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Comment Re:No it doesn't (Score 1) 26

There's a lot of finger pointing at the worst cases like those. Pretending it's only a few rotten apples allows investors and the industry to pretend it's not a vast sea of shit. Shkreli and Retrophin from the pharmaceutical industry for example, they were only the worst of the worst. Every damn pharma company out there is charging absurd amounts for old drugs and not spending any of it developing new ones. (The oft-cited 2.6 billion for each new drug is utter bullshit.)

Theranos was bad, but there are hundreds of "digital health" startups with way too much VC money for what amounts to either "lets put medical records on an ipad" or "it's like a fitbit but not called fitbit."

How the fuck is instagram or snapchat "innovative"?

"Innovation" means "creatively acting like the same old shit is new." So I guess yeah, money does follow innovation.

Comment Re:DRONE ON (Score 2) 153

The event was already being criticized for "politicizing" science. "You're risking turning it from a non-partisan thing into a liberal vs conservative thing!" they say. "Conservatives will decide science is evil!"

While I think that's naive and stupid, thinking about how the message will be heard IS worthwhile.

"Science says you're having too many babies and that's contributing to climate change so stop!" Yeah, good fucking luck with that one. While you're at it, maybe sell republicans on the fact that taxes are necessary and can't always just be cut. Or Americans at large that Islamic terrorism is coming from our pointless defense of Israel and fighting wars on terrorism?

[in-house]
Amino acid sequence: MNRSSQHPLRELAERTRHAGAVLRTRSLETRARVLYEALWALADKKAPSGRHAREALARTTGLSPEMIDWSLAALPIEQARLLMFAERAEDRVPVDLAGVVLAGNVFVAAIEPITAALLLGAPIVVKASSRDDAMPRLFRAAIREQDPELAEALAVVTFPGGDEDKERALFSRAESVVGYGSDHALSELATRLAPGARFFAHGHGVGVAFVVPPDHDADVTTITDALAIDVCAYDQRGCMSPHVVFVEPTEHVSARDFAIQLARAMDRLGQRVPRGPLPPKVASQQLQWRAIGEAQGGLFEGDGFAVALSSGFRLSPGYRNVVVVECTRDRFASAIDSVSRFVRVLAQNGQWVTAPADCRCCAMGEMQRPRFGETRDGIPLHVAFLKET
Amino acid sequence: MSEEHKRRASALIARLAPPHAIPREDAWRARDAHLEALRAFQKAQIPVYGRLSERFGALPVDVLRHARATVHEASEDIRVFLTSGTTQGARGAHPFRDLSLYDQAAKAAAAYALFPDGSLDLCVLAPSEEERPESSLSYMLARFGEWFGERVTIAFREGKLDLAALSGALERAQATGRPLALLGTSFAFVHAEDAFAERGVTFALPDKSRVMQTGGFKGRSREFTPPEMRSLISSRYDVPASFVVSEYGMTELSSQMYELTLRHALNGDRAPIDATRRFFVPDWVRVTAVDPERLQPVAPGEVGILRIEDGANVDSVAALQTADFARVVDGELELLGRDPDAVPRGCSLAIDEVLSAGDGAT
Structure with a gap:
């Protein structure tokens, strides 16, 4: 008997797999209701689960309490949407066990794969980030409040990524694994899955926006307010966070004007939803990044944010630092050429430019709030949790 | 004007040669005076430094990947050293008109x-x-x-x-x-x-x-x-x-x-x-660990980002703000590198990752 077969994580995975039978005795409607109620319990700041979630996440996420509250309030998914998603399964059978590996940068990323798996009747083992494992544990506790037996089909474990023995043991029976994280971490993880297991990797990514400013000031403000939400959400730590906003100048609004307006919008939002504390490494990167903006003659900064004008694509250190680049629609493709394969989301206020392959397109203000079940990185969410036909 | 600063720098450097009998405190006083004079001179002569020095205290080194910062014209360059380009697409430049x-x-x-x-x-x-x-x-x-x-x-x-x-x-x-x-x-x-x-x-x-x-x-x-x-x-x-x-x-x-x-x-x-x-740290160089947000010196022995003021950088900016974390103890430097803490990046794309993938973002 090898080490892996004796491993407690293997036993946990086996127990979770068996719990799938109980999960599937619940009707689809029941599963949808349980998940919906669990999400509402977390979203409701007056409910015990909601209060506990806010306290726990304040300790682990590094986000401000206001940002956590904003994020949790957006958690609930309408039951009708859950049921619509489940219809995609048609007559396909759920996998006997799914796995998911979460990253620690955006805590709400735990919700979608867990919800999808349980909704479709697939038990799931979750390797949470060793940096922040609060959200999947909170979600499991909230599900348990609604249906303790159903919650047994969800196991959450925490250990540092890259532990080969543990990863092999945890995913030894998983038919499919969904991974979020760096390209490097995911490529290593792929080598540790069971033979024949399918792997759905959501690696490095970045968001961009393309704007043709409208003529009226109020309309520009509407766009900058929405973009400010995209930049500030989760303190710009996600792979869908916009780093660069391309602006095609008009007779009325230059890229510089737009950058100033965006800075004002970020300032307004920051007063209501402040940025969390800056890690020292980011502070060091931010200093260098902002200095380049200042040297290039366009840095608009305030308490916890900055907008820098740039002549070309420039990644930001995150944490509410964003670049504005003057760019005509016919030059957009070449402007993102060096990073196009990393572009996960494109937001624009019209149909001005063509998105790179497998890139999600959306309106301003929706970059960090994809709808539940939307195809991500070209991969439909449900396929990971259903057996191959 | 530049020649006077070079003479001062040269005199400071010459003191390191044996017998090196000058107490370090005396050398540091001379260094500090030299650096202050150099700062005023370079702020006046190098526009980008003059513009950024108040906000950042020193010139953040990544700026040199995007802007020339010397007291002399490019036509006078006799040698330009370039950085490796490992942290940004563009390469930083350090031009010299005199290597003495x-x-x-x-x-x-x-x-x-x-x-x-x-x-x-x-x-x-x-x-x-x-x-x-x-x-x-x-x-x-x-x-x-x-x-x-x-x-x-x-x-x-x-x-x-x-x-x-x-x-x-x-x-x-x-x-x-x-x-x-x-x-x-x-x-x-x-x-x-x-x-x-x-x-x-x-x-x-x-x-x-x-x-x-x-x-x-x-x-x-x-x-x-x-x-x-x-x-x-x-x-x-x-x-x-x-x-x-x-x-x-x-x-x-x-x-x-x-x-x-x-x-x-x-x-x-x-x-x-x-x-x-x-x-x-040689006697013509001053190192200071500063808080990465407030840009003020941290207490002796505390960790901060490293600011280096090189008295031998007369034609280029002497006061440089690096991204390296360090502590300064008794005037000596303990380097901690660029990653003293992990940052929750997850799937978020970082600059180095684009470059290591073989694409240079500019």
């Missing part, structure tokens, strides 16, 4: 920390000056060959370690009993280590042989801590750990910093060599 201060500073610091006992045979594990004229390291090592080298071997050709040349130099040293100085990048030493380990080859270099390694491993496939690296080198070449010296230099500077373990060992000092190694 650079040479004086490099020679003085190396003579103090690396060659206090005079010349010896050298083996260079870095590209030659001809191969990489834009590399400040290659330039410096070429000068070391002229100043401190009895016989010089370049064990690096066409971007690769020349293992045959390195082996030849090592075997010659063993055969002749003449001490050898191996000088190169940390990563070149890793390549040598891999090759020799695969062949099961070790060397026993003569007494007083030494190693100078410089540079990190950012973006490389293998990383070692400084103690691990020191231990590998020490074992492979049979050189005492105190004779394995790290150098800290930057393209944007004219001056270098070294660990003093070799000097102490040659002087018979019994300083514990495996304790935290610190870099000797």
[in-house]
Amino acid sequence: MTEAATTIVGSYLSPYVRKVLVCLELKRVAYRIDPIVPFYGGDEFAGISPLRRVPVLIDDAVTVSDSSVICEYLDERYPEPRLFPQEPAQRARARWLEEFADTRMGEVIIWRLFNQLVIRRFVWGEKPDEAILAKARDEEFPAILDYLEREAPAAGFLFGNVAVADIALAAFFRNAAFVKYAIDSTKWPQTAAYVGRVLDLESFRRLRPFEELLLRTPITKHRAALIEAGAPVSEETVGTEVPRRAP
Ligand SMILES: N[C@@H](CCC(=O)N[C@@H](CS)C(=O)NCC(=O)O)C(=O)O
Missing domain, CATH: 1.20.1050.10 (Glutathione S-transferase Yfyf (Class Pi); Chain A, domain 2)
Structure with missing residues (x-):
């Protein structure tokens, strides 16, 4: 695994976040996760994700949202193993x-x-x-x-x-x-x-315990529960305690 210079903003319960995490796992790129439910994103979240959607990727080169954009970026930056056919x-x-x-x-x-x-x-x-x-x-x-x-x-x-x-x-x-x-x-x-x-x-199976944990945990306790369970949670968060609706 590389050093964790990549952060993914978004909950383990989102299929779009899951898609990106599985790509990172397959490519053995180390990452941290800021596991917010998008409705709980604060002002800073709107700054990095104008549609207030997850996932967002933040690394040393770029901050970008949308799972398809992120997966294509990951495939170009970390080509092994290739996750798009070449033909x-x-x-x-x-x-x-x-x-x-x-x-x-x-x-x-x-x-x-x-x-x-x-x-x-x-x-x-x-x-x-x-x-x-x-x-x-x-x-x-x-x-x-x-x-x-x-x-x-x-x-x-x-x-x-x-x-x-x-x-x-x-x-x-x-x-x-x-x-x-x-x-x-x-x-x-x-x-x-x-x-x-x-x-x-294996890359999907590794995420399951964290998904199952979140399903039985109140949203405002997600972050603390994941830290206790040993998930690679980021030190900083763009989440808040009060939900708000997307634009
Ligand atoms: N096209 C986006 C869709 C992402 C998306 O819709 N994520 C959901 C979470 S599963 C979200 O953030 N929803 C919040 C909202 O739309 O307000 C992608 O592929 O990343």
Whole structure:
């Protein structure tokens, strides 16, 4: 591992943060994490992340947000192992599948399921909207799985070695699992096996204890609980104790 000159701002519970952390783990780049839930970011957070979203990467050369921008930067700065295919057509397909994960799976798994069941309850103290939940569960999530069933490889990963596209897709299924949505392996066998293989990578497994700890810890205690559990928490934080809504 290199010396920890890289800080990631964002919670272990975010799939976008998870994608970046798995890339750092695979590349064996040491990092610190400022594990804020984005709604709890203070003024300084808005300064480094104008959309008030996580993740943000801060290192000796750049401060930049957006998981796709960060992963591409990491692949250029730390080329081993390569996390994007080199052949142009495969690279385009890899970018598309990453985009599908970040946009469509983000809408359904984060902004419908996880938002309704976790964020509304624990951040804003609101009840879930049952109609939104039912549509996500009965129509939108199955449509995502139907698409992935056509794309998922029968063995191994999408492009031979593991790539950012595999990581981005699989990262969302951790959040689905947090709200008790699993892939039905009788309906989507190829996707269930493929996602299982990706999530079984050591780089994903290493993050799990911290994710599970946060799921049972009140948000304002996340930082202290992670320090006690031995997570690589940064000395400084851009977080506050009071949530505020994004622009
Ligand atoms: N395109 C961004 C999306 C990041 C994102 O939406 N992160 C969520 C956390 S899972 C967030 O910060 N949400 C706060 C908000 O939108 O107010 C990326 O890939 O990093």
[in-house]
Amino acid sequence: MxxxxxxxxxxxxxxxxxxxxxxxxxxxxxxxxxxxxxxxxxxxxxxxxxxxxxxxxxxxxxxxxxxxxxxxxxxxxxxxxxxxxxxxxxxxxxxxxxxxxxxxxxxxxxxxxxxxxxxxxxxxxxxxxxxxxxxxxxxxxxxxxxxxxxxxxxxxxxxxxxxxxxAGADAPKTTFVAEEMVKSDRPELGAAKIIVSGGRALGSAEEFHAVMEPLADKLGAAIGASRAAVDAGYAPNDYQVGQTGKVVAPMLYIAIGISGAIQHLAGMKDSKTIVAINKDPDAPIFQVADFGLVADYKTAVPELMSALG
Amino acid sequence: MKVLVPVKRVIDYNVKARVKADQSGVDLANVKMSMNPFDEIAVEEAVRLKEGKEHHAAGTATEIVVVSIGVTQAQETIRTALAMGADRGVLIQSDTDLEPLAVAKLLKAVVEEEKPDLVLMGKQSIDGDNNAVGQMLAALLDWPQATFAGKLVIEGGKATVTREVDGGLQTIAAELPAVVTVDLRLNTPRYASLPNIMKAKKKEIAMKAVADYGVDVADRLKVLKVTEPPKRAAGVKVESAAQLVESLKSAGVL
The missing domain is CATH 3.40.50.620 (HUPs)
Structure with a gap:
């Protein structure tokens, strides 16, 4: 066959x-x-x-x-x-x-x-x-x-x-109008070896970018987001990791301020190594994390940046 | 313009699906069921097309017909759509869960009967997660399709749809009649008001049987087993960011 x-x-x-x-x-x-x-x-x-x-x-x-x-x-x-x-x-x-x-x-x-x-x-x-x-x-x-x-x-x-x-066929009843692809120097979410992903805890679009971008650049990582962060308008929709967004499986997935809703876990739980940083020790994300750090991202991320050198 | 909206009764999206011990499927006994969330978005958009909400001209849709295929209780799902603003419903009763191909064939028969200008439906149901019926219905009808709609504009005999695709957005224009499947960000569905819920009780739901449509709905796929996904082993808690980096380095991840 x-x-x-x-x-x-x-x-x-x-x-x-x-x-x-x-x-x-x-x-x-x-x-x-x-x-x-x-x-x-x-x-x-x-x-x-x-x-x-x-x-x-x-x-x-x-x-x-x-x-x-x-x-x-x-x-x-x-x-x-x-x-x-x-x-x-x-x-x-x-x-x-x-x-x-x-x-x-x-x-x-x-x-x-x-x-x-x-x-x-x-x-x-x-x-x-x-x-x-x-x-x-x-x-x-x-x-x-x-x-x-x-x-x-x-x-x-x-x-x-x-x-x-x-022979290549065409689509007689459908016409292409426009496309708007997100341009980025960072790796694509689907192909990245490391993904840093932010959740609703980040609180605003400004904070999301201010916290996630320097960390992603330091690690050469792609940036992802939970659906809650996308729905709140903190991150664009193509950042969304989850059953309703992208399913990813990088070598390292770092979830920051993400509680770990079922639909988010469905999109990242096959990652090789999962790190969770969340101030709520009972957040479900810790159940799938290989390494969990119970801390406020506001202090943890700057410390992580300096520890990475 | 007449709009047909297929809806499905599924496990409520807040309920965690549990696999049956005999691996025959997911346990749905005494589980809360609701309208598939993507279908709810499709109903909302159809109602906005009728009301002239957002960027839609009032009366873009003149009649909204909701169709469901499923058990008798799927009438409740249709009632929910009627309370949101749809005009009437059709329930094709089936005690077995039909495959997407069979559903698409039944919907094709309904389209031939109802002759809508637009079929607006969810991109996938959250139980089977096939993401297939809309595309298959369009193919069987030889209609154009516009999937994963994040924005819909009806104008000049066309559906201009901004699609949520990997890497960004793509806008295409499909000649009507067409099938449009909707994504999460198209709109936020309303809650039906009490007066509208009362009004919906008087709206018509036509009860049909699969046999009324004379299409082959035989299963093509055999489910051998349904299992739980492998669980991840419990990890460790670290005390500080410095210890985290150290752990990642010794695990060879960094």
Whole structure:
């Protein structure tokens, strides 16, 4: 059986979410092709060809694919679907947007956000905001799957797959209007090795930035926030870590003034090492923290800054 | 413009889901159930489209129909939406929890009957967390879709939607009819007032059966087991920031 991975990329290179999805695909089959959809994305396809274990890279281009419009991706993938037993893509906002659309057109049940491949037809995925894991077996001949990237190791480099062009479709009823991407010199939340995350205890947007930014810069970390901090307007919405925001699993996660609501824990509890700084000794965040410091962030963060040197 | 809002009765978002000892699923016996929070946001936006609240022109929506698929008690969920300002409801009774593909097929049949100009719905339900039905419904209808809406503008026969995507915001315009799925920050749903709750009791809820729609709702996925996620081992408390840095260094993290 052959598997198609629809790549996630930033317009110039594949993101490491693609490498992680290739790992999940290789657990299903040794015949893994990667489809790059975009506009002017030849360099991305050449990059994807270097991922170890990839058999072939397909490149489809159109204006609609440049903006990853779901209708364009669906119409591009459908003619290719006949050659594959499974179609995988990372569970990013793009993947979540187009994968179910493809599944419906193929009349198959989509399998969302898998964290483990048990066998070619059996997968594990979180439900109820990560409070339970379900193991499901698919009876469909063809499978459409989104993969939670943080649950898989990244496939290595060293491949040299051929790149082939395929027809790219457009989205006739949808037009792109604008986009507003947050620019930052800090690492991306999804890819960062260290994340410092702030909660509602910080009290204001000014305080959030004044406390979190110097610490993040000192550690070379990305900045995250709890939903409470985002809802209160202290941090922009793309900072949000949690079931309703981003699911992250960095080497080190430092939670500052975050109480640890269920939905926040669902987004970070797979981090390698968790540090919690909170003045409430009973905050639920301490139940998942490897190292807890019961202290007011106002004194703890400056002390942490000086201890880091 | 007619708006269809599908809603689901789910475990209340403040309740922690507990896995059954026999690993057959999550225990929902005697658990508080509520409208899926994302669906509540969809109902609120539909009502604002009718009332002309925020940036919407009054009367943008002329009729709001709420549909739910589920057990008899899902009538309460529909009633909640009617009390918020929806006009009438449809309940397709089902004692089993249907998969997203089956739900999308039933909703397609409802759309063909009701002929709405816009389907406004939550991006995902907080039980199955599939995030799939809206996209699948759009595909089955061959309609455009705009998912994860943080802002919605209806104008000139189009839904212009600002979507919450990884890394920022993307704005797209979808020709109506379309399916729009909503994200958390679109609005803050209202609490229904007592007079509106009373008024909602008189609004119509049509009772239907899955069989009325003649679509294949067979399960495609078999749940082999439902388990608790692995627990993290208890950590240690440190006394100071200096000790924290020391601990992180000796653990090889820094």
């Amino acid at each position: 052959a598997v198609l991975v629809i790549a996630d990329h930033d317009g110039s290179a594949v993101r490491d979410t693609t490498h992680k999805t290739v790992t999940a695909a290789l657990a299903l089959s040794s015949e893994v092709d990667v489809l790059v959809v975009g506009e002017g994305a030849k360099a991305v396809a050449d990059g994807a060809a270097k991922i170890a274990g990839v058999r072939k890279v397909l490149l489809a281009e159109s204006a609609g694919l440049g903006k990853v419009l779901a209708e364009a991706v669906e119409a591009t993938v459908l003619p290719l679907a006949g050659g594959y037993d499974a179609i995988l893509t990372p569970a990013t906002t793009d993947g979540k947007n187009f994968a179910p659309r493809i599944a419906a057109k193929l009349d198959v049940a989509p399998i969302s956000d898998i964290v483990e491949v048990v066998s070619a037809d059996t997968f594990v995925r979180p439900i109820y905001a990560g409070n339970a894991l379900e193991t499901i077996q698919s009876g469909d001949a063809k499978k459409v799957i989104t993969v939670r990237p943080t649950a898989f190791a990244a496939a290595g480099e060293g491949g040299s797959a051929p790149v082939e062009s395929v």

On top of that, it's a stupid fucking argument to be making. Carbon emissions are not evenly distributed. A handful of the worlds rich assholes (read: us) are doing the vast majority of the climate change (See figure 1). The fundamental problem is that you can get rich shitting in the water everyone is drinking, and there are also some shared benefits. All the birth control isn't going to do anything if people like those who run our government can still make a ton of money digging up carbon and the rest of us enjoy relatively cheap energy that everyone for generations to come is going to mostly pay for.

AND we can actually do something about that without doing anything unethical like forced sterilization. Carbon taxes. Nuclear or other clean energy. Those things you mentioned. Or burning fossil fuel industry people at the stake until no one is willing to do it anymore. All of those things make more sense, are more directly effective, and are less evil than prattling on about overpopulation.

Comment Systemd! (Score 5, Insightful) 192

Most Linux users don't have a strong opinion on systemd either way, because the system boots up reliably without systemd, and it also boots up reliably with systemd. Overall it's barely noticeable and doesn't matter (right now, anyway) for most users.

There are people who write startup scripts for Linux, and they tend to have a stronger opinion, because it affects them more directly. Some really like systemd, some really don't. Some (like Patrick Volkerding) are fairly neutral about the whole thing but see no pressing need to switch.

Then there are people who are system designers, who are ok with systemd as an init system, but see it as horrid when it's a platform for building an entire OS. As long as it stays as an init program, it's fine because it can be swapped out easily. But if it starts becoming a required component for turning up the volume, that is clearly a sign of poor design.

Comment Re:Look at the graphs (Score 2) 80

If you ask a C# programmer what language he uses when he programs for fun at home, he will say, "I don't program for fun." It won't be C#.

(The above of course is a generalization, and if you happen to be a C# programmer who programs in C# for fun, I don't understand you, but I don't judge you either).

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